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Gastroscopy and Colonoscopy

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Consultants who perform this procedure

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Learn more about gastroscopy and colonoscopy procedures at King Edward VII’s Hospital

Why would I need a gastroscopy and colonoscopy procedure?

Patients needing a gastroscopy usually do so because they have one or more of the following symptoms:

  • Acid reflux, heartburn or indigestion
  • Pain or difficulty swallowing
  • Anaemia

Patients needing a colonoscopy usually do so because they have bowel symptoms including:

  • Abdominal pain
  • Chronic constipation or diarrhoea
  • Bleeding from the rectum
  • Unexplained weight loss
  • Unexplained tiredness or anaemia

Sometimes patients only require a gastroscopy (also called an endoscopy) and others only require a colonoscopy, depending on their symptoms. This dual procedure relates to having both procedures carried out at the same time.

What symptoms does a gastroscopy and colonoscopy procedure address?

This dual procedure doesn’t provide treatment for any symptoms. Instead, it’s a diagnostic procedure that can give specialists a better idea of what might be causing your upper and/or lower gastrointestinal (GI) symptoms.

It can diagnose or rule out conditions such as a hiatus hernia, bowel cancer, Crohn’s disease, ulcerative colitis, diverticulitis or diverticular disease.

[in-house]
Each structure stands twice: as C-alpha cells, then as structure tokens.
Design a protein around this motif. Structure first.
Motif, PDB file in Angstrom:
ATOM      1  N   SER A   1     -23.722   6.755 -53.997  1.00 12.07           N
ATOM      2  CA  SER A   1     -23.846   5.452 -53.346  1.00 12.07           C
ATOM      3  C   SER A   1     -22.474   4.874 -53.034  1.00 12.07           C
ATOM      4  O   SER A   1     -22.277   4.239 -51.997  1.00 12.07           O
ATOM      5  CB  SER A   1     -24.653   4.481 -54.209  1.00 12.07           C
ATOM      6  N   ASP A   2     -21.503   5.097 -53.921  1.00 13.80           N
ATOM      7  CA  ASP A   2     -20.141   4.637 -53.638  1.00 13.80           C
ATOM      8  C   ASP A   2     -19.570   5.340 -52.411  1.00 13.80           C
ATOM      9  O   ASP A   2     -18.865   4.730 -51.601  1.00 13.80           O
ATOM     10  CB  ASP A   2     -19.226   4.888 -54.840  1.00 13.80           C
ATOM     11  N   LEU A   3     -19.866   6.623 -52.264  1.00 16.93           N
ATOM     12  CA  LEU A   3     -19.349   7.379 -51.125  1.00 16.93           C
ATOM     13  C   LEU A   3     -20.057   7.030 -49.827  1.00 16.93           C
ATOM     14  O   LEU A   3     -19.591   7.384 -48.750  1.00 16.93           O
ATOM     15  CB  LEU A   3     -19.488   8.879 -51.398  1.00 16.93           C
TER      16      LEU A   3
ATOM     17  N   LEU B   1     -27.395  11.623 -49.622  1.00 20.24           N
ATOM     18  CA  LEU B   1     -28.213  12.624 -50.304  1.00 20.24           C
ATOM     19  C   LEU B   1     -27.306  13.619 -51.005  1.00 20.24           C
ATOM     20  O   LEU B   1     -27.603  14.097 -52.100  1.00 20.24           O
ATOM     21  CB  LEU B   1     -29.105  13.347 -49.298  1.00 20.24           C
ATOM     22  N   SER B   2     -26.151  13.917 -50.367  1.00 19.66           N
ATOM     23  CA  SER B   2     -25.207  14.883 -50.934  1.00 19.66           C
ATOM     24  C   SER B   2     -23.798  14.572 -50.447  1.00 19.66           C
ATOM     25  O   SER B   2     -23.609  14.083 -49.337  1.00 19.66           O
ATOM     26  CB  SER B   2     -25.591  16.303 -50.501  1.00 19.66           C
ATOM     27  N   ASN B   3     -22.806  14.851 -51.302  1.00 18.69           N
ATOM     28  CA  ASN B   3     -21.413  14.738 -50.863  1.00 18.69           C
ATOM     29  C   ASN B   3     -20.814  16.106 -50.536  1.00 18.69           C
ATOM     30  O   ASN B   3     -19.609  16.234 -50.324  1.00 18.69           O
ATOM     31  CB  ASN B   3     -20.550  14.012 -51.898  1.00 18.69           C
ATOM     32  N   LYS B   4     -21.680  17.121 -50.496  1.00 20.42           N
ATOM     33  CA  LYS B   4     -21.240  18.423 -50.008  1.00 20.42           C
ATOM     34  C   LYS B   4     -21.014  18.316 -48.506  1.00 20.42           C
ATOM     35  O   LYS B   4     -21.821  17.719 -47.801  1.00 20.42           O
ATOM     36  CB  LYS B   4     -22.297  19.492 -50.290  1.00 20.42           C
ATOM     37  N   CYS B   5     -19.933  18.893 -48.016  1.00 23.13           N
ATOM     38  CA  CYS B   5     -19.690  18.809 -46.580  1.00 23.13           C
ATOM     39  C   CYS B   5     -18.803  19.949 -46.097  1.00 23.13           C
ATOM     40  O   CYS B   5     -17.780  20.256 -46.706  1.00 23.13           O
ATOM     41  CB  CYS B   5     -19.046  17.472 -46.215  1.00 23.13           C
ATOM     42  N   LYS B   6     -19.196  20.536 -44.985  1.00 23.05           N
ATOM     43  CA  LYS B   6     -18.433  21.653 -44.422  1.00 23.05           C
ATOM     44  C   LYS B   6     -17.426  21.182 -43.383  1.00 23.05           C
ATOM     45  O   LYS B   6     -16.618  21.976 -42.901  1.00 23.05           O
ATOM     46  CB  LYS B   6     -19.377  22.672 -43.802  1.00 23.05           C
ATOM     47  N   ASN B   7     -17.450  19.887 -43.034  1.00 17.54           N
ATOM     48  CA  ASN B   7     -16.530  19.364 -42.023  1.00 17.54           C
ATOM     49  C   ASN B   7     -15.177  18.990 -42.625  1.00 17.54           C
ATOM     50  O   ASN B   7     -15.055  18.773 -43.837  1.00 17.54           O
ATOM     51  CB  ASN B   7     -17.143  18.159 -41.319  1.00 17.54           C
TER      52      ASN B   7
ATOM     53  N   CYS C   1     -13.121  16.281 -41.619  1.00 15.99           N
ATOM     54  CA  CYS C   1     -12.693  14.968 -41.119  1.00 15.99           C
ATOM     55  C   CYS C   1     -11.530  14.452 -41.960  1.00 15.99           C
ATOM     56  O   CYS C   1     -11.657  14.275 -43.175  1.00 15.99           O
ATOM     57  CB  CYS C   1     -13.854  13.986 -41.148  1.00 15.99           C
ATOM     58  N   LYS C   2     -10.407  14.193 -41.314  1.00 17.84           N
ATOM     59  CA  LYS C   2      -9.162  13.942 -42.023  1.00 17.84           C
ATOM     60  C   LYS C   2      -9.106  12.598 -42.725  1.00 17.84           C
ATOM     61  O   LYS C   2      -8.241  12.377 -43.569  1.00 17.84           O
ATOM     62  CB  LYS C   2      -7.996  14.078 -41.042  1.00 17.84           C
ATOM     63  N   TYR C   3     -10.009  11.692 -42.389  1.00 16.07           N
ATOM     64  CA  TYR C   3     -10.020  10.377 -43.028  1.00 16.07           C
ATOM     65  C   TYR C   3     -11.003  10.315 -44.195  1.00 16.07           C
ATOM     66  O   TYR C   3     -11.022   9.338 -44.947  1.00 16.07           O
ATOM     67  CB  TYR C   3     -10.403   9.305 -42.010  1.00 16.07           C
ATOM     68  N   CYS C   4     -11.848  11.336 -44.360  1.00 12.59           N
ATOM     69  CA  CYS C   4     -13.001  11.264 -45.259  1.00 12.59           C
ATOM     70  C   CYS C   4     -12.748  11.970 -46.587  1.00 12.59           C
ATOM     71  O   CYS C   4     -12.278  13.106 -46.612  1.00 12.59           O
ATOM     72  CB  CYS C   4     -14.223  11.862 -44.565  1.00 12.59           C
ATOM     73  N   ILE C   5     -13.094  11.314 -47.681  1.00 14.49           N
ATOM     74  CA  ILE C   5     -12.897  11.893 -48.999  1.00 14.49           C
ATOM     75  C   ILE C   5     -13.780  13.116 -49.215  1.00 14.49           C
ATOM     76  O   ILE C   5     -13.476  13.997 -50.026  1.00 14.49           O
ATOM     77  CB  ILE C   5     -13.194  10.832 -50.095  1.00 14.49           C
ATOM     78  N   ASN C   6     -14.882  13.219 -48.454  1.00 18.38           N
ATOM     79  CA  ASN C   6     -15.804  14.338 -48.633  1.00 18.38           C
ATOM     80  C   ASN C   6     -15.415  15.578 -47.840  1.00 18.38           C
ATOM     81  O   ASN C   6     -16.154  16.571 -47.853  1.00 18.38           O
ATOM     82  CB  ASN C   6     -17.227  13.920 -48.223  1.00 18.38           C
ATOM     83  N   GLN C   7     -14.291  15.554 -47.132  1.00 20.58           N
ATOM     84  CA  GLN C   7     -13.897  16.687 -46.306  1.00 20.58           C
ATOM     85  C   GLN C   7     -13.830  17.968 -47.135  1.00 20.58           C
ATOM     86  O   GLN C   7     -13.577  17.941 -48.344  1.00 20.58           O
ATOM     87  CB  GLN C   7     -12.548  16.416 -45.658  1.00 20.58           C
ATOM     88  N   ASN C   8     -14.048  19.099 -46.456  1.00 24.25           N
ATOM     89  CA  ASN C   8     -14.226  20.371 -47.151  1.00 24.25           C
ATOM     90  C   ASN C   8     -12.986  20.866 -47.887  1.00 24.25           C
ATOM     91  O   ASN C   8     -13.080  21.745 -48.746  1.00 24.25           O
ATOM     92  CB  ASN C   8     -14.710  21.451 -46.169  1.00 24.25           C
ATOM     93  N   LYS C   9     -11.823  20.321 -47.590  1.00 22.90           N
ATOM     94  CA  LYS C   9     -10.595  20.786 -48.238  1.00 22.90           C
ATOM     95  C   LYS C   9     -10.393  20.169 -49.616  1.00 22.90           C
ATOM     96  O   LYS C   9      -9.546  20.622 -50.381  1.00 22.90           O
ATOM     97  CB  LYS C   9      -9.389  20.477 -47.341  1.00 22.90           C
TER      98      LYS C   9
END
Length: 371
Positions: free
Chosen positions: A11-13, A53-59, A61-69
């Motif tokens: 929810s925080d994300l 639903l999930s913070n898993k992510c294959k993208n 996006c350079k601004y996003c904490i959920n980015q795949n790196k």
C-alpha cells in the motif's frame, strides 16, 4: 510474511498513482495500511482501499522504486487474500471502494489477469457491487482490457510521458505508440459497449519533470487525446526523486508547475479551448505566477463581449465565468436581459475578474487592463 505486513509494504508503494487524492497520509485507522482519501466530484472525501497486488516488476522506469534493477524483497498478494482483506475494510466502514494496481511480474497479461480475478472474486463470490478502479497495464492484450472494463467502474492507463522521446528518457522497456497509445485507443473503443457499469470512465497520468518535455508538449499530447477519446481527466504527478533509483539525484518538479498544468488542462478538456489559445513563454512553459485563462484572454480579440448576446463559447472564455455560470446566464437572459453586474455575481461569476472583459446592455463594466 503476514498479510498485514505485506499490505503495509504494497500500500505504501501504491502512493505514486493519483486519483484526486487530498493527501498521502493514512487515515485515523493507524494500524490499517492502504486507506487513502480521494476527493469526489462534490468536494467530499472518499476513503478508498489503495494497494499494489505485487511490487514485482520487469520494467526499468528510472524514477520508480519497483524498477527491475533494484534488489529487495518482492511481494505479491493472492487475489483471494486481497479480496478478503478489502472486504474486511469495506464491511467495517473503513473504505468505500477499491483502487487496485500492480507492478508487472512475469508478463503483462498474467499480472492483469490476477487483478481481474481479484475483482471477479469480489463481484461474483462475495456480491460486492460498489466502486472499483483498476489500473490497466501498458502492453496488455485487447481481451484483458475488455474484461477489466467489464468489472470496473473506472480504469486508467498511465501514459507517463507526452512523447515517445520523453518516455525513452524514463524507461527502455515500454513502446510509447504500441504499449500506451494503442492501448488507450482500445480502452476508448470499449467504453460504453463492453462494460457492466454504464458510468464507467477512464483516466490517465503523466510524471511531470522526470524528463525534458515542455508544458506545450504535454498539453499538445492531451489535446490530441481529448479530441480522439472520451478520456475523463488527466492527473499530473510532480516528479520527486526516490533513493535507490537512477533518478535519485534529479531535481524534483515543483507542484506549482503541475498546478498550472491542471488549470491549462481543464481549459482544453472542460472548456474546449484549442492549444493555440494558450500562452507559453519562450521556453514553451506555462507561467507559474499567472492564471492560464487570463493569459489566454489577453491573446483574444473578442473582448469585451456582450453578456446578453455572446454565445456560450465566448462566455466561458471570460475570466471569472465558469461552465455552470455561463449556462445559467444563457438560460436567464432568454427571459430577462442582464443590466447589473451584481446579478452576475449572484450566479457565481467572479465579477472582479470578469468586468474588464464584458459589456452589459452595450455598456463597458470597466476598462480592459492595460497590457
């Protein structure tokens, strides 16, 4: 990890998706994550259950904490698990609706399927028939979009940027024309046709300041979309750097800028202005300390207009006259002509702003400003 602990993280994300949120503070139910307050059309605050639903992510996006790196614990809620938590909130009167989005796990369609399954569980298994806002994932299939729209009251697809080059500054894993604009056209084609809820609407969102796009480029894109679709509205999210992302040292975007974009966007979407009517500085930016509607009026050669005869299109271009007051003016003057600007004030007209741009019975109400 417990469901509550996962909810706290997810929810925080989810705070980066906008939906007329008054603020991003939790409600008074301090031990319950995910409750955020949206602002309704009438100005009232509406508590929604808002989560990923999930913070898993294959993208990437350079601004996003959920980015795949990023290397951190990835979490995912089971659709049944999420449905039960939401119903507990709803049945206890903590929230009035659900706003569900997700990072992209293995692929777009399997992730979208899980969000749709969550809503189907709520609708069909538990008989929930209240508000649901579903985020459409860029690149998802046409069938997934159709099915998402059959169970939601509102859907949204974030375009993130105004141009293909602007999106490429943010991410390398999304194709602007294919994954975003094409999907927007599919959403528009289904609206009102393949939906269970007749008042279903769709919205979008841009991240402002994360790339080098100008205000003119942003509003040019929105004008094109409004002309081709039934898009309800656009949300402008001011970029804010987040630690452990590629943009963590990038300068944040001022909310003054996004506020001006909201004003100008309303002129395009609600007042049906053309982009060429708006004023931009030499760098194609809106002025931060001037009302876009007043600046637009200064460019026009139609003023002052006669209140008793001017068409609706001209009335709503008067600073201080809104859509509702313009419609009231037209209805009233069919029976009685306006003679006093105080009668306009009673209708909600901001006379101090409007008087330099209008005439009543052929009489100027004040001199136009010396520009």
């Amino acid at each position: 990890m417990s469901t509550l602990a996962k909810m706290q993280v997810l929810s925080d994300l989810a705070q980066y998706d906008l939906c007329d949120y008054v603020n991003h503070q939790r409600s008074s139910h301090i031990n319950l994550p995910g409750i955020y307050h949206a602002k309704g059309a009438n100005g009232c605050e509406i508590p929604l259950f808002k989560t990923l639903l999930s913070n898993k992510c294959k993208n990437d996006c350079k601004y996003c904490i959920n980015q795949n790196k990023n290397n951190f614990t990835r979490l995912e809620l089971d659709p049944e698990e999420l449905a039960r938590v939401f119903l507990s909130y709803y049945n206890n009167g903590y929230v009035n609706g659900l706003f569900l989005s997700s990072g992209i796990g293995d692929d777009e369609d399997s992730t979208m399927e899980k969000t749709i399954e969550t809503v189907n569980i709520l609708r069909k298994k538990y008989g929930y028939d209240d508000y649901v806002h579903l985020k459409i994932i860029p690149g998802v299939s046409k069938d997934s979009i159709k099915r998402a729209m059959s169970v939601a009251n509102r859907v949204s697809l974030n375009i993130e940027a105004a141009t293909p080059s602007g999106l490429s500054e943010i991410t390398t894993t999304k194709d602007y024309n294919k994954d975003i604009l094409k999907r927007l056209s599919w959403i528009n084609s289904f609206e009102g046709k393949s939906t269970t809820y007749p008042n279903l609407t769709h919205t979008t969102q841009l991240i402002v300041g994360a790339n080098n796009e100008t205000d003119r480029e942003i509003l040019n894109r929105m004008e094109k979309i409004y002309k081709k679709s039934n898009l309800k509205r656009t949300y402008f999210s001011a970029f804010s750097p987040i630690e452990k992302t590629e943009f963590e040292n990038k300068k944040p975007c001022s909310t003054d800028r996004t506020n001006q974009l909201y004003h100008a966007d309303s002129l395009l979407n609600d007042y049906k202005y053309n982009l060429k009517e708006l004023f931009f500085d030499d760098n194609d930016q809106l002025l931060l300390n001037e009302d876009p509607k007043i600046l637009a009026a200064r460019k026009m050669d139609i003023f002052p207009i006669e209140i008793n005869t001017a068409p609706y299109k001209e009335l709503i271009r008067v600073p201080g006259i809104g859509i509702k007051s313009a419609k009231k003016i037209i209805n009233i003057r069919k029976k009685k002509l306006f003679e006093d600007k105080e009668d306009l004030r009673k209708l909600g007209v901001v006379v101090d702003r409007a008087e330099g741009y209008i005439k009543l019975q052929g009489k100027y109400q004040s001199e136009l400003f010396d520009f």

Some patients have this procedure because they have a health condition such as a hiatus hernia or Crohn’s disease, or a family or personal history of bowel or stomach cancer and their specialist needs to check the progression of their condition.

When should you speak to your specialist about a gastroscopy and colonoscopy procedure?

If you have pain or discomfort in your upper GI system (your oesophagus or stomach) or your lower GI system (bowel or rectum) then speak to a specialist who can assess your suitability for this procedure.

How is a gastroscopy and colonoscopy procedure performed?

This dual procedure is carried out under sedation, which means that you’ll be sleepy and relaxed throughout. The gastroscopy usually takes around 15 minutes and the colonoscopy around 45 minutes. You’ll be able to return home the same day.

Usually, your medical team will perform the gastroscopy first and will give you a throat spray to numb the throat. Whilst laying on your left hand side, your specialist will pass a long, thin tube down your throat called an endoscope.

An endoscope is a flexible tube with a camera on the end which allows your specialist to get a clear view of your oesophagus on a nearby screen. Once they’ve finished the gastroscopy, they will pass a different endoscope into your large bowel via your back passage. Again, the endoscopic camera will allow your specialist to clearly view the length of your large bowel on a nearby screen. They may need to inflate your abdomen with carbon dioxide gas to get a clearer view.